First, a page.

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Powell's Q&A | September 3, 2014

Emily St. John Mandel: IMG Powell’s Q&A: Emily St. John Mandel



Describe your latest book. My new novel is called Station Eleven. It's about a traveling Shakespearean theatre company in a post-apocalyptic North... Continue »
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    Station Eleven

    Emily St. John Mandel 9780385353304

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How High the Moon

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How High the Moon Cover

 

Synopses & Reviews

Publisher Comments:

In this tender novel set in 1955 Mill Town, Wisconsin, Sandra Kring explores the complicated bond between mothers and daughters, the pressure to conform, and the meaning of friendship and family.

 

Ten-year-old Isabella “Teaspoon” Marlene has been a handful ever since her mother, Catty, dumped her with an old boyfriend and ran off to Hollywood. Teaspoon fights, fibs, never stops singing, and is as unpredictable and fearless as a puppy off its leash. Still, Teddy Favors, a man who has taken his share of kicks, is determined to raise her right. 

   

Teaspoon wants to be better for Teddy—even if that means agreeing to take part in a do-gooder mentorship program and being paired up with Brenda Bloom, the beautiful reigning Sweetheart of Mill Town. Against all odds, as the summer passes, this unlikely duo discover a special friendship as they face personal challenges, determined to follow their hearts instead of convention.

It’s while Brenda and Teaspoon are putting together the grandest show the Starlight Theater has ever seen that Catty returns to Mill Town, shattering illusions and testing loyalties. But by the final curtain call, one determined little girl shows an entire town the healing that can happen when you let your heart take center stage.

Review:

"The summer of 1955 is a tough one for 10-year-old ragamuffin Isabella, nicknamed Teaspoon, who's been enlisted into a Big Sister — style program that's supposed to teach her civilized behavior. Five years earlier, Teaspoon's mother took off for Hollywood, leaving her boyfriend, Teddy, and her daughter to take care of each other; now a full-fledged tomboy, Teaspoon is paired in the program with popular 18-year-old Brenda Bloom, whose mother owns the movie theater in their suburban Milwaukee town. Sketched with nostalgic sweetness, this hard-luck coming-of-age story sees Teaspoon discovering her talent for singing while getting caught up in plans for the theater's gala re-opening, her mother's promised return, Teddy's budding relationship with Sunday school teacher Miss Tuckle, and Brenda's romantic dilemmas. Kring (The Book of Bright Ideas) gives her young, put-upon protagonist an authentically weary voice, but telegraphs her plot revelations, provoking little emotion beyond the mildly touching. Though the chatterbox heroine makes an engaging narrator, readers may be reminded more of Dennis the Menace than Anne of Green Gables." Publishers Weekly (Copyright Reed Business Information, Inc.)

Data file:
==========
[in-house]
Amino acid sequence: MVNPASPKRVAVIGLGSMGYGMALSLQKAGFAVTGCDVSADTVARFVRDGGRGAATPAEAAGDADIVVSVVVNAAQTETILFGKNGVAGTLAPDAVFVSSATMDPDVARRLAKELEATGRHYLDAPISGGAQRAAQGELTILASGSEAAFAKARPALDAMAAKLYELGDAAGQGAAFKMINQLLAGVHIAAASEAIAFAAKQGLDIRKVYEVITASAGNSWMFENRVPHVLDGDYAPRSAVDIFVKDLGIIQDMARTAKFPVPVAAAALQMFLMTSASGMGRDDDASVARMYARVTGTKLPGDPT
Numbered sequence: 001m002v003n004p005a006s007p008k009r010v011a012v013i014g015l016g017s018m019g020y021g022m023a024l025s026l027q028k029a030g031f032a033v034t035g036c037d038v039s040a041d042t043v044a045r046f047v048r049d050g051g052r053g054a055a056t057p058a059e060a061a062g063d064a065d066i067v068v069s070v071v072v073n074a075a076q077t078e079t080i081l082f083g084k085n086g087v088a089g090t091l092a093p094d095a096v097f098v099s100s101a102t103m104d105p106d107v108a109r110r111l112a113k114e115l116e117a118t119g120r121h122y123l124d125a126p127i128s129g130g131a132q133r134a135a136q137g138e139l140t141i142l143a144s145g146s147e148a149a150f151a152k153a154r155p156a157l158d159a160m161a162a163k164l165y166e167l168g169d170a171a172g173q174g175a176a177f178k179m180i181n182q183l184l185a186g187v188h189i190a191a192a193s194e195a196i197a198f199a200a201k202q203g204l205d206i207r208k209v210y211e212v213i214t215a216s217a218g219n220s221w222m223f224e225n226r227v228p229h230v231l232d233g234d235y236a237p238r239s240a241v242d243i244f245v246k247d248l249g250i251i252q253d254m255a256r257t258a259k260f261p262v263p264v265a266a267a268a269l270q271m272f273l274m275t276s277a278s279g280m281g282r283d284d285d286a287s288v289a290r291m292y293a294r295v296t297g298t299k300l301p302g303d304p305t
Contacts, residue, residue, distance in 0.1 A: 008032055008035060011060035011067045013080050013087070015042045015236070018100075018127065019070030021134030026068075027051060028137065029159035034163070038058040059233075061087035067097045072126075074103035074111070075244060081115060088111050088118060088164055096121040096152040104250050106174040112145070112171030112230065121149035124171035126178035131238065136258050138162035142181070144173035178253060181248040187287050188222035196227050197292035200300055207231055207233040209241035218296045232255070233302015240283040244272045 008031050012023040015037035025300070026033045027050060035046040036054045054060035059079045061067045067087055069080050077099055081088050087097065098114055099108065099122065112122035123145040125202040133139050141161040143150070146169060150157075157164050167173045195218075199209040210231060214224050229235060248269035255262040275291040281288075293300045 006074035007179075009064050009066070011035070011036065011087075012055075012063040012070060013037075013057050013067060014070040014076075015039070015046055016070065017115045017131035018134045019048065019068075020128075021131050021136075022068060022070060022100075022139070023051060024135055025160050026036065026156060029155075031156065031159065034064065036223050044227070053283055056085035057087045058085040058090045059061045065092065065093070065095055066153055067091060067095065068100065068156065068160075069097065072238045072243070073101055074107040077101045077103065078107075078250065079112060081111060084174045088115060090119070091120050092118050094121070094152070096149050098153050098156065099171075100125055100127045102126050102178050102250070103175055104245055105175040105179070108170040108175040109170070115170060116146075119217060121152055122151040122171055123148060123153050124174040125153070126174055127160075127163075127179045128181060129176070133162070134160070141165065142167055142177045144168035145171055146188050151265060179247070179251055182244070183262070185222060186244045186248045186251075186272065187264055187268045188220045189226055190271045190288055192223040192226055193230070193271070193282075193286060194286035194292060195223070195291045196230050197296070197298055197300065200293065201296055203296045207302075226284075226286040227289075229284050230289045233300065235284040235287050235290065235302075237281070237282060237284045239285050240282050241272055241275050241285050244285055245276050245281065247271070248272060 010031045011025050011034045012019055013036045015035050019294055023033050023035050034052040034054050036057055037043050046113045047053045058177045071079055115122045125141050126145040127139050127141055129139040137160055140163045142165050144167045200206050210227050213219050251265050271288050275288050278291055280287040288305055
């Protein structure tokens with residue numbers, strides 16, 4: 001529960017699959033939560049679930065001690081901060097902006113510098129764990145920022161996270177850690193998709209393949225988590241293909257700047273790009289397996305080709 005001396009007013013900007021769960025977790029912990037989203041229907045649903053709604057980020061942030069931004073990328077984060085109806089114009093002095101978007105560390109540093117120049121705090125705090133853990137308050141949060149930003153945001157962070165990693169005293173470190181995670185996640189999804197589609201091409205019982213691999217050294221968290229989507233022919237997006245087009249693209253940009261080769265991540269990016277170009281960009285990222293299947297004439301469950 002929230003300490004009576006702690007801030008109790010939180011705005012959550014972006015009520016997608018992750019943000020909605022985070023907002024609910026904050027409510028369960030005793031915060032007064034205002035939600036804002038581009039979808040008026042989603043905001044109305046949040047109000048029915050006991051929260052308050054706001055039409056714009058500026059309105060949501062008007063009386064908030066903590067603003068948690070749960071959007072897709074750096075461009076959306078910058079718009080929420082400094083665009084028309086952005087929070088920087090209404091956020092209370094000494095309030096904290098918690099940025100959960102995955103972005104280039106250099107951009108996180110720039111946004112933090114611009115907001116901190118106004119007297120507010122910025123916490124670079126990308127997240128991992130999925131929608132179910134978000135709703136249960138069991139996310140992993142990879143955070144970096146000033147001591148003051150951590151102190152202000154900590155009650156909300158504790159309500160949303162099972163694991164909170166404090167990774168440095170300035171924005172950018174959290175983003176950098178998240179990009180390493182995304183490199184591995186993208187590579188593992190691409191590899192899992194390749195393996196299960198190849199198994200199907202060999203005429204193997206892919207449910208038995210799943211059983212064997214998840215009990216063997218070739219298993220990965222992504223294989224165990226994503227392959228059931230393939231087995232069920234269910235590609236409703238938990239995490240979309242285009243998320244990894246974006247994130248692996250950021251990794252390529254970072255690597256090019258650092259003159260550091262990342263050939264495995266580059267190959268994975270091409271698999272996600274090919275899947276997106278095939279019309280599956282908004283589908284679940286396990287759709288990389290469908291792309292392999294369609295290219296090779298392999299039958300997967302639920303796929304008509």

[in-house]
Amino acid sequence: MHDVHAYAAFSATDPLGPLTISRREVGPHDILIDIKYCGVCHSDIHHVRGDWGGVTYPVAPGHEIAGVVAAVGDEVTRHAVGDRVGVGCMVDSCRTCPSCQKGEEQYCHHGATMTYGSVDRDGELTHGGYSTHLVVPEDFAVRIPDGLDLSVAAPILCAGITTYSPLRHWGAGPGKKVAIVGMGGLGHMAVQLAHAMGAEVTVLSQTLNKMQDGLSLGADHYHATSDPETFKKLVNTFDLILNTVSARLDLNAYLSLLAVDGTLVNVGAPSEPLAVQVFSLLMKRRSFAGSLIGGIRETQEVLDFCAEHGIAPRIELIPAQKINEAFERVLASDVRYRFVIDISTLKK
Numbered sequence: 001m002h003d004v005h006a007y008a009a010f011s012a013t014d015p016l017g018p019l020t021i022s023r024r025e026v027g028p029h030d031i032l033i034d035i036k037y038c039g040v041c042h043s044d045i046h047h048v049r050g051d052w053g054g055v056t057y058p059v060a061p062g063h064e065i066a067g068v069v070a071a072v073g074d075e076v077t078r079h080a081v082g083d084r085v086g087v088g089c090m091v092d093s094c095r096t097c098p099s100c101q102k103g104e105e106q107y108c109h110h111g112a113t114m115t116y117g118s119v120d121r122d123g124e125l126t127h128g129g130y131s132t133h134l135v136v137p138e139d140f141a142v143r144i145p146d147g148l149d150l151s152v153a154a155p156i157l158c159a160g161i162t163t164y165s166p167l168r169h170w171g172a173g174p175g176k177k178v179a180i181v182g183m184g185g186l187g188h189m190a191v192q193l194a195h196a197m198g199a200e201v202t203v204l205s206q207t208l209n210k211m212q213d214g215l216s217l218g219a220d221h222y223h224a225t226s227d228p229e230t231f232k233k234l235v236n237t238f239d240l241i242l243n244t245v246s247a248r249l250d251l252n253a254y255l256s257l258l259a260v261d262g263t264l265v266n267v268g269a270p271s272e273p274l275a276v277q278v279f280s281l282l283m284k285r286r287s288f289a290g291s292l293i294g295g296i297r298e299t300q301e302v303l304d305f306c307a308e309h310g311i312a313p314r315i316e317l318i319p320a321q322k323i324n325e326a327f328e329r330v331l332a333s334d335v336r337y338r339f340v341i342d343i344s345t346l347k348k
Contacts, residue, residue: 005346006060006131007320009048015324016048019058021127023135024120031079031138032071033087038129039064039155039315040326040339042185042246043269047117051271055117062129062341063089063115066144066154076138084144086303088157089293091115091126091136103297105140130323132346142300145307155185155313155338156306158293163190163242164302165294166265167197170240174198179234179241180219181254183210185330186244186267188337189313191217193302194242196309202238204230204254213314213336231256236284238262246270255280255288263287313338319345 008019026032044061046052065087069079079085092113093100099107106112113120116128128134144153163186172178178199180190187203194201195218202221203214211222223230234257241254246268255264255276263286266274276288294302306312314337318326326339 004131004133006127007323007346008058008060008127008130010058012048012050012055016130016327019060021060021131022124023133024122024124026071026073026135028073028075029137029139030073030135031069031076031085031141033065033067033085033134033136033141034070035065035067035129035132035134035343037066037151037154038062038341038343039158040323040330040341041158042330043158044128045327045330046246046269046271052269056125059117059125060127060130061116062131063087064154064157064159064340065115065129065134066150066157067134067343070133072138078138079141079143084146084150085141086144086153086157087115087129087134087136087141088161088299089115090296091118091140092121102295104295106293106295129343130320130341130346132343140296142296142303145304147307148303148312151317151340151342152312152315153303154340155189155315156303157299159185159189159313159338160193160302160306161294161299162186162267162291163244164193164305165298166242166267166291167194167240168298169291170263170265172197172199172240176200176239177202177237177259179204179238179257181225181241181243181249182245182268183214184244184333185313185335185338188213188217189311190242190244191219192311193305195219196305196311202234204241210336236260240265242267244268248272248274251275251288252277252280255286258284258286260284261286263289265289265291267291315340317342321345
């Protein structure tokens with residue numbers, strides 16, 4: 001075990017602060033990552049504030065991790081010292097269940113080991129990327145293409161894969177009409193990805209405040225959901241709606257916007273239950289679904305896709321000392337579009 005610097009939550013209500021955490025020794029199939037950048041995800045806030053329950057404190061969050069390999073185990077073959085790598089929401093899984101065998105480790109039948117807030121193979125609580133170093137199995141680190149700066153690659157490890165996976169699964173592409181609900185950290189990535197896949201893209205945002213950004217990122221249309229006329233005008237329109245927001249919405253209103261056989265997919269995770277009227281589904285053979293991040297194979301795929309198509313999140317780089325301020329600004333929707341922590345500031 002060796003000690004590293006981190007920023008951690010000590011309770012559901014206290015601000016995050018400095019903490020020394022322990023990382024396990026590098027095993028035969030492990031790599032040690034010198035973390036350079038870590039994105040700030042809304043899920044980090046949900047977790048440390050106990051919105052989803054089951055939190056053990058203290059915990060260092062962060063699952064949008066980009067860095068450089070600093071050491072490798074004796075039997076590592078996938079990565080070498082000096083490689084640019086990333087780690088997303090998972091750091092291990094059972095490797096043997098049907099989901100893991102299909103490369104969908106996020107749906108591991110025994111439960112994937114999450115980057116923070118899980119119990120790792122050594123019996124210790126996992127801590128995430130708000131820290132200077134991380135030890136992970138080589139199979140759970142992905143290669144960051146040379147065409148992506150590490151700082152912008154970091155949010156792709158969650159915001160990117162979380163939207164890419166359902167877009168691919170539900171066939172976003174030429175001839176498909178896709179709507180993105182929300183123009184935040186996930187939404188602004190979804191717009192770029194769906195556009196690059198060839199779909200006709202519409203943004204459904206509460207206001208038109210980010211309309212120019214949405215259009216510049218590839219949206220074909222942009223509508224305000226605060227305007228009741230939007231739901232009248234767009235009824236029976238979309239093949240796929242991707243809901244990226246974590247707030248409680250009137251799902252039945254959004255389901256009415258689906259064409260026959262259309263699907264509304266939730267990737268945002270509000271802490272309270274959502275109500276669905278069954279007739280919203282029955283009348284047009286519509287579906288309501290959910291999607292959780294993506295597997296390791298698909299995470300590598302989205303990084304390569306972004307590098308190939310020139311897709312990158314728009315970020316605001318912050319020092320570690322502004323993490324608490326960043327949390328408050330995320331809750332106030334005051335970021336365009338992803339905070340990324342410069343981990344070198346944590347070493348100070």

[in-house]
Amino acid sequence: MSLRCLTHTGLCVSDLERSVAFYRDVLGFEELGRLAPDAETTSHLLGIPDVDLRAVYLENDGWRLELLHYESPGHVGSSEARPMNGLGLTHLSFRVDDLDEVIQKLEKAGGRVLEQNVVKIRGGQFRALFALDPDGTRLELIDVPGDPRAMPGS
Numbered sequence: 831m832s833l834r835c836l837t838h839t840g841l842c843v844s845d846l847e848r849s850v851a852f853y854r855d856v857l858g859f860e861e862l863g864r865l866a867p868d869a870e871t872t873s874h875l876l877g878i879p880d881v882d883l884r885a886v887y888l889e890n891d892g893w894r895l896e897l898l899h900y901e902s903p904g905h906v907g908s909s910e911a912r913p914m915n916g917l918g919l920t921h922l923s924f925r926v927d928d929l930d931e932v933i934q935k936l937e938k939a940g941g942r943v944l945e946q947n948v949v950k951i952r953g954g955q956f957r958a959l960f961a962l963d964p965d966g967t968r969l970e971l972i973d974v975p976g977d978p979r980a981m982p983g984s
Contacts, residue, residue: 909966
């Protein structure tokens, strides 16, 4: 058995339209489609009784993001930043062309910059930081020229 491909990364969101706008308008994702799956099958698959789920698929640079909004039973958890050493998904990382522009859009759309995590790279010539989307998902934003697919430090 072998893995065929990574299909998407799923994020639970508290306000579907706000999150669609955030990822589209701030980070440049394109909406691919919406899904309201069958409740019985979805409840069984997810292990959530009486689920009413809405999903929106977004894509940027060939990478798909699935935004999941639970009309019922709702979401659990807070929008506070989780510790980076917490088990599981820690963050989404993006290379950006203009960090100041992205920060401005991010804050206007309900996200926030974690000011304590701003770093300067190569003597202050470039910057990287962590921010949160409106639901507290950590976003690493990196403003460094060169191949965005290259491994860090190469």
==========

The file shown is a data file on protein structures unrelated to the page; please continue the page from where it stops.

Synopsis:

From the author of "The Book of Bright Ideas, How High the Moon" illustrates that each person is both teacher and student--and that the only opinion that really matters is the one a person has of herself.

About the Author

Sandra Kring lives in Wisconsin. Her debut novel, Carry Me Home, was a BookSense Notable Pick and a 2005 Midwest Booksellers’ Choice Award nominee. The Book of Bright Ideas was a 2006 Target Bookmarked™ selection and was named to the New York Public Library’s Books for the Teen Age list in 2007.

Product Details

ISBN:
9780385341219
Author:
Kring, Sandra
Publisher:
Bantam
Subject:
General
Subject:
Sagas
Subject:
General Fiction
Subject:
Love stories
Subject:
Female friendship
Subject:
Literature-A to Z
Subject:
Family saga
Edition Description:
Trade paper
Publication Date:
20100431
Binding:
TRADE PAPER
Grade Level:
General/trade
Language:
English
Pages:
368
Dimensions:
7.98x5.54x.77 in. .55 lbs.

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Related Subjects

Fiction and Poetry » Literature » A to Z

How High the Moon New Trade Paper
0 stars - 0 reviews
$15.00 In Stock
Product details 368 pages Bantam - English 9780385341219 Reviews:
"Publishers Weekly Review" by , "The summer of 1955 is a tough one for 10-year-old ragamuffin Isabella, nicknamed Teaspoon, who's been enlisted into a Big Sister — style program that's supposed to teach her civilized behavior. Five years earlier, Teaspoon's mother took off for Hollywood, leaving her boyfriend, Teddy, and her daughter to take care of each other; now a full-fledged tomboy, Teaspoon is paired in the program with popular 18-year-old Brenda Bloom, whose mother owns the movie theater in their suburban Milwaukee town. Sketched with nostalgic sweetness, this hard-luck coming-of-age story sees Teaspoon discovering her talent for singing while getting caught up in plans for the theater's gala re-opening, her mother's promised return, Teddy's budding relationship with Sunday school teacher Miss Tuckle, and Brenda's romantic dilemmas. Kring (The Book of Bright Ideas) gives her young, put-upon protagonist an authentically weary voice, but telegraphs her plot revelations, provoking little emotion beyond the mildly touching. Though the chatterbox heroine makes an engaging narrator, readers may be reminded more of Dennis the Menace than Anne of Green Gables." Publishers Weekly (Copyright Reed Business Information, Inc.)
"Synopsis" by , From the author of "The Book of Bright Ideas, How High the Moon" illustrates that each person is both teacher and student--and that the only opinion that really matters is the one a person has of herself.
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